Amelioration of experimental autoimmune encephalomyelitis by clozapine is not associated with defective CD4 T cell responses

Pirooz Zareie, Bronwen Connor, Anne Camille La Flamme

Research output: Contribution to journalArticleResearchpeer-review

6 Citations (Scopus)


Atypical antipsychotic agents, such as clozapine, are used for treating psychosis and depression and have recently been found to modulate neuroinflammation. We have shown previously that treatment of mice with the atypical antipsychotic agents, clozapine or risperidone, attenuates disease severity in experimental autoimmune encephalomyelitis (EAE); however, the mechanism by which they are protective is unknown. In this study, we investigated the effects of clozapine on CD4+ T cell responses and found that clozapine did not significantly affect the expansion of myelin-specific T cells, their differentiation into pathogenic subsets, or their encephalitogenic capacity to induce EAE. Interestingly, although clozapine enhanced differentiation of regulatory T (Treg) cells, in vivo neutralization of Tregs indicated that Tregs were not responsible for the protective effects of clozapine during the induction and effector phase of EAE. Taken together, our studies indicate that clozapine does not mediate its protective effects by directly altering CD4 T cells.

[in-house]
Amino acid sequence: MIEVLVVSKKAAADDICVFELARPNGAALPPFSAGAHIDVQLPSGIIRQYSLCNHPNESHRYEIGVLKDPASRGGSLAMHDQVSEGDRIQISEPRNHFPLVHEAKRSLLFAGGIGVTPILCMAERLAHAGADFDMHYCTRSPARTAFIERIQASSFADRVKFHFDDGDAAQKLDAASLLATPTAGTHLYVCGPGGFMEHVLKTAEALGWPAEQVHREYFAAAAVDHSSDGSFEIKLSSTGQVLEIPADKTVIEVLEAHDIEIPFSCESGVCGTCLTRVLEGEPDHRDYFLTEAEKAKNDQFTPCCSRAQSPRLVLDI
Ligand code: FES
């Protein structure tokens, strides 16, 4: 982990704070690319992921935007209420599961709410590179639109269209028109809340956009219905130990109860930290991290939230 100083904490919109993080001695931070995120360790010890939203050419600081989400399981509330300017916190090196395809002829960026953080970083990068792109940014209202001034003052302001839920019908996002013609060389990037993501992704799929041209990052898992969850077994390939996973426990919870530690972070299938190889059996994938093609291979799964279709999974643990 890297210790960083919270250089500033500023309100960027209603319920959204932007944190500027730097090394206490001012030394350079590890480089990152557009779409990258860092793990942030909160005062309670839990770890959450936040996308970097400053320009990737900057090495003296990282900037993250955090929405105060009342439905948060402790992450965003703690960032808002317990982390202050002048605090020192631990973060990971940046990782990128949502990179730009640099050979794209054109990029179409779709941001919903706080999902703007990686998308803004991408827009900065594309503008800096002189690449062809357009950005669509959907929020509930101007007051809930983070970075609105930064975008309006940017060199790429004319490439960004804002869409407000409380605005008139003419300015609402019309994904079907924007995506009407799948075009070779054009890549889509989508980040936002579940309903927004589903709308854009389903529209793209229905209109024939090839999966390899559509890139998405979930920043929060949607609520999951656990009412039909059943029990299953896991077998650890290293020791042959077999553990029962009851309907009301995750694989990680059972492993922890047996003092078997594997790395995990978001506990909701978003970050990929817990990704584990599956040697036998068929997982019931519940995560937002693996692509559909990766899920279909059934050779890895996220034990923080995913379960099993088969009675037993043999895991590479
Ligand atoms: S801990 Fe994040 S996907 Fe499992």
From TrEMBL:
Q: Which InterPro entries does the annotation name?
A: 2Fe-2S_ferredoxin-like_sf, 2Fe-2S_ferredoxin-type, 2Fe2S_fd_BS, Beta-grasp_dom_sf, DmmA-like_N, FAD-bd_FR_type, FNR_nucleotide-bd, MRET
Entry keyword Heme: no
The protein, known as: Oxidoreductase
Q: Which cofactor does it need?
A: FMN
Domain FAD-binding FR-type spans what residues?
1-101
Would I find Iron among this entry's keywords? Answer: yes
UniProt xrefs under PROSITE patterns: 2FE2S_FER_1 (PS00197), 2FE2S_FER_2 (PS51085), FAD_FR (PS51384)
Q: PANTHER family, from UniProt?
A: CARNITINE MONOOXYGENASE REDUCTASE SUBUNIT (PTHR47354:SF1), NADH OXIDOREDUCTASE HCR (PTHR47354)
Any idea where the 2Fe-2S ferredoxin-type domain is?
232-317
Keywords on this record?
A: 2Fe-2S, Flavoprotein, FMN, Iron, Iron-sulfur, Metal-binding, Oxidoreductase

Original languageEnglish
Article number68
Number of pages10
JournalJournal of Neuroinflammation
Issue number1
Publication statusPublished - 29 Mar 2017
Externally publishedYes


  • Atypical antipsychotics
  • EAE
  • MS
  • Neuroinflammation

Cite this